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View from Rome’s rooftops: Singing offers hope but it doesn’t hide fear and frustration

In the space of a few nights, 6pm has become my favourite time of day.

View from Rome's rooftops: Singing offers hope but it doesn't hide fear and frustration
Neighbours in Italy have been joining nightly singalongs to brighten up quarantine. Photo: Tiziana Fabi/AFP

That’s the time when my neighbours and I open our windows, step onto our balconies, climb up to our rooftops, and sing.

It all started on Friday morning, when messages started to circulate on social media calling for a “musical flashmob” that evening. At 6pm, said the notes on Facebook and WhatsApp, people should gather from their own homes and make some noise – sing the Italian national anthem, or simply sing.

READ ALSO: Fundraisers and singalongs: How Italians are rallying together amid the coronavirus crisis

I wasn’t sure what to expect that first night I climbed the six flights of stairs to my building’s roof terrace. Ducking under the shared laundry lines, I emerged to hear a chorus of ‘Ciao!’s: from the buildings opposite and behind, people were waving and saying hello.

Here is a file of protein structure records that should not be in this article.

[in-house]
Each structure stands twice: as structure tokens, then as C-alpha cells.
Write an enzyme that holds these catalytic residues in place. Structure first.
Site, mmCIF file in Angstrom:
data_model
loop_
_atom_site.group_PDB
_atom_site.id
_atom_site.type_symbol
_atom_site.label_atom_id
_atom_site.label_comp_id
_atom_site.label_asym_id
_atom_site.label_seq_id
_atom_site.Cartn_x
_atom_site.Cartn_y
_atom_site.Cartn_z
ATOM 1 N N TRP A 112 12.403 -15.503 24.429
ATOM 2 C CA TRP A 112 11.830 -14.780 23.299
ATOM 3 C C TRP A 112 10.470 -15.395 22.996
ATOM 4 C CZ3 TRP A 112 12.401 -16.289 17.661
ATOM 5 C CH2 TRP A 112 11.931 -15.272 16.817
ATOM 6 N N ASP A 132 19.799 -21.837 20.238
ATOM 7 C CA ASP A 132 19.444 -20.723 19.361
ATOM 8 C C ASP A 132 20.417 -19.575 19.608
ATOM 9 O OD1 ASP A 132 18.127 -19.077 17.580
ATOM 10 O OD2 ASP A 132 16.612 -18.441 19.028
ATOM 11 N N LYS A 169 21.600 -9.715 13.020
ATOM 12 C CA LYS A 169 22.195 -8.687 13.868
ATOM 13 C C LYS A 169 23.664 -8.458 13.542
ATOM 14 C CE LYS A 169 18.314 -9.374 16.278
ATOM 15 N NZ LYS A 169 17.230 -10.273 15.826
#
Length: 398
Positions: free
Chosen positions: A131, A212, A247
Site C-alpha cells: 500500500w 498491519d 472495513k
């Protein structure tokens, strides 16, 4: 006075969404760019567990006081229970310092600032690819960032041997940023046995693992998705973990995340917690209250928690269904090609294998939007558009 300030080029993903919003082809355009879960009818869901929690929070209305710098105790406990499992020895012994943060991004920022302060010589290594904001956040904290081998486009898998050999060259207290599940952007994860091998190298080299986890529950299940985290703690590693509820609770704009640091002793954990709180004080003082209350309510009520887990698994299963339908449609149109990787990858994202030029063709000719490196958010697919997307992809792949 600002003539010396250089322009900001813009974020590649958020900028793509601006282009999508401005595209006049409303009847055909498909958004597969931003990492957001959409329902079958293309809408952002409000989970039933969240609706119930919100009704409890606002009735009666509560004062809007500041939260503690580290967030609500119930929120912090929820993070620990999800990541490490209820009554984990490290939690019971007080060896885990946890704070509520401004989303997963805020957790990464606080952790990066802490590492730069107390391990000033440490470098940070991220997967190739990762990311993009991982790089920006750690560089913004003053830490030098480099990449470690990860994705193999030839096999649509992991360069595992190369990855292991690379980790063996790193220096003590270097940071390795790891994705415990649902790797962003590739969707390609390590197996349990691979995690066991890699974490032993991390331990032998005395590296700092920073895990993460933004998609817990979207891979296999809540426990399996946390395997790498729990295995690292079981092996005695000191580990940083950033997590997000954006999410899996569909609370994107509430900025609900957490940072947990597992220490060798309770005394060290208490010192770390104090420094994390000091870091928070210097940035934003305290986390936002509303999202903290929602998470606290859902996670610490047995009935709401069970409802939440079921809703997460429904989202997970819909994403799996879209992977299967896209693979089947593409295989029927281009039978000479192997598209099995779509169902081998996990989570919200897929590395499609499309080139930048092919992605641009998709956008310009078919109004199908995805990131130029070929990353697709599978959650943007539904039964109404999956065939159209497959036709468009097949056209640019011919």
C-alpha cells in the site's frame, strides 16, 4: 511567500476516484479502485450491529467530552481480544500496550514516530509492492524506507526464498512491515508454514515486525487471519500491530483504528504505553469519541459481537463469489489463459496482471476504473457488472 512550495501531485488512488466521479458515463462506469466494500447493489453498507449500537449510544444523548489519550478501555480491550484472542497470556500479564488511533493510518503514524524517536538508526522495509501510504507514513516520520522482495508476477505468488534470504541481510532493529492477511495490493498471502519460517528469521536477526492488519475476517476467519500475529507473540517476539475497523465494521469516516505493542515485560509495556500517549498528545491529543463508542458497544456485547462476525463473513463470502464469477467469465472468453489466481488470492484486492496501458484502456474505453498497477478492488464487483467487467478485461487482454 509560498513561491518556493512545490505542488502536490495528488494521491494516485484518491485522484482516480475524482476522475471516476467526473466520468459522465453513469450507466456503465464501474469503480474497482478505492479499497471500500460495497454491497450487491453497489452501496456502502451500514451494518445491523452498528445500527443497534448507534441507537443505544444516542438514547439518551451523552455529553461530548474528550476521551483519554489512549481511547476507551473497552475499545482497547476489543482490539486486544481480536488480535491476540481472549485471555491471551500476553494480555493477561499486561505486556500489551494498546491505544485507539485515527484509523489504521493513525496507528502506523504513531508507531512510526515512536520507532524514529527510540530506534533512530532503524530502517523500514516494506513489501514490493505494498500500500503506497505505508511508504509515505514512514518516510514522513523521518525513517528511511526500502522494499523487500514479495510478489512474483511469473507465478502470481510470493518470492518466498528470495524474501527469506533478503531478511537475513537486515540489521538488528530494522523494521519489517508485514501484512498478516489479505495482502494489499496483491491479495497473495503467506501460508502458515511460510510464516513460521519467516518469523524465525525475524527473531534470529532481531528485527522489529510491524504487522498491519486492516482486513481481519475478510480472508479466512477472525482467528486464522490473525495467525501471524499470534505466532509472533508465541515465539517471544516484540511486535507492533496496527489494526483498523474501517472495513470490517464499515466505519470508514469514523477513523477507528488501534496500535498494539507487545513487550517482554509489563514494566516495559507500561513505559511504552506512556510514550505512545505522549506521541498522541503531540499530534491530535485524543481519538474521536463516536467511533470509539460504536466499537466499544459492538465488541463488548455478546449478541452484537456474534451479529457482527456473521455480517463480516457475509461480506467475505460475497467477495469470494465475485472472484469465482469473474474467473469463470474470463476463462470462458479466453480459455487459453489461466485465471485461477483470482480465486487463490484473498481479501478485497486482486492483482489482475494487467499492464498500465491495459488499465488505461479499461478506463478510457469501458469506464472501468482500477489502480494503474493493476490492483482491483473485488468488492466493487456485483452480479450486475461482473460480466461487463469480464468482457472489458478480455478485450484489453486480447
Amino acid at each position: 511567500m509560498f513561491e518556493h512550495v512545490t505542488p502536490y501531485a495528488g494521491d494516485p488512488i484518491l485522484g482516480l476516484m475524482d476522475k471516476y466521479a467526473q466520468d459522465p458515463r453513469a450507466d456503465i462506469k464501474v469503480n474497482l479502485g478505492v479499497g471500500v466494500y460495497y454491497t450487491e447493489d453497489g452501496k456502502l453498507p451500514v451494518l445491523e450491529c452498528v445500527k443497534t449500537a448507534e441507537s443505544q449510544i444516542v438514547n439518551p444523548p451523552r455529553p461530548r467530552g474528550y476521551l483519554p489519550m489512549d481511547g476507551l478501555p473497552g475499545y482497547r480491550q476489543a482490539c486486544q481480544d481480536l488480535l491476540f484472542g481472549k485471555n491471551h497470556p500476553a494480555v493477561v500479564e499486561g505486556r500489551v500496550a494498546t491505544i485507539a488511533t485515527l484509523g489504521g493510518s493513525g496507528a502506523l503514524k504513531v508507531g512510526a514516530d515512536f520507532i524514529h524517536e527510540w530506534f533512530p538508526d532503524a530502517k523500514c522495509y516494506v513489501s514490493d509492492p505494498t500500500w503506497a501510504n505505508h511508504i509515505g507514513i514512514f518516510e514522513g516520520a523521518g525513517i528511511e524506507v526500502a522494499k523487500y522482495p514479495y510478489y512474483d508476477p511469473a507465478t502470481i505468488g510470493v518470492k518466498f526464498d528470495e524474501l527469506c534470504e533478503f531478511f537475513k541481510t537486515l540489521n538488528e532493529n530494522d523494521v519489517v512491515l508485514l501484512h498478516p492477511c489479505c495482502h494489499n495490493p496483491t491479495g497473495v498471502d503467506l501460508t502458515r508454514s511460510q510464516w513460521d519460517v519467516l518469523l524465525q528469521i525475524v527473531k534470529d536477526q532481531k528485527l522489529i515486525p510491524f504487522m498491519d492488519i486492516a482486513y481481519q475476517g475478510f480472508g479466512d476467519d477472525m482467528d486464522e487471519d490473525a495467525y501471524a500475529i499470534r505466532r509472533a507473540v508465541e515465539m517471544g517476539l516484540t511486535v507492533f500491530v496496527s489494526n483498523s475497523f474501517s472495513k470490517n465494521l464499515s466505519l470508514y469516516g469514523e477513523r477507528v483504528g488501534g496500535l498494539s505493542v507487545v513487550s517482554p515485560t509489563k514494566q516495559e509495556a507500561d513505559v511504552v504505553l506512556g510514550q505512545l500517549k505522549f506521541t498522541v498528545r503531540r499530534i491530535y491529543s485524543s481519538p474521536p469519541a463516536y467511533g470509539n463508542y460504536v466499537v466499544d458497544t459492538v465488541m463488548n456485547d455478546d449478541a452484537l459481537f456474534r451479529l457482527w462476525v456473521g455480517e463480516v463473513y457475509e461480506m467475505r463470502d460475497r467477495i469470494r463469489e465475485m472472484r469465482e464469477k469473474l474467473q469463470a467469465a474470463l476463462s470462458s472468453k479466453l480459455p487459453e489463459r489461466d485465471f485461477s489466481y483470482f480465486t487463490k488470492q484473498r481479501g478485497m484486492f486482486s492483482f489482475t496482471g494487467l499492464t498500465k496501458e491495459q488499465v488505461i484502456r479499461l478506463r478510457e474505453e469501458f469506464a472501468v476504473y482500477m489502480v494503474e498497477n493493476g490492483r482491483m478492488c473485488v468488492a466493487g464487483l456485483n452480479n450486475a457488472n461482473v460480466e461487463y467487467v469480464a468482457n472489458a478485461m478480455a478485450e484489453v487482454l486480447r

As a Brit in Rome, in normal times I occasionally find myself exhausted by the sheer number of greetings I’m expected to exchange with strangers every day here. Two days into the nationwide quarantine, I found myself yelling ‘Hi!’ to everyone I could see, blinking back unexpected tears.

We grinned goofily at each other, slightly unsure what to do next. One family waved maracas; a surprising number of people produced tambourines.

Then a woman in an apartment opposite started it: Italy’s alternative national anthem, the partisan resistance song Bella Ciao.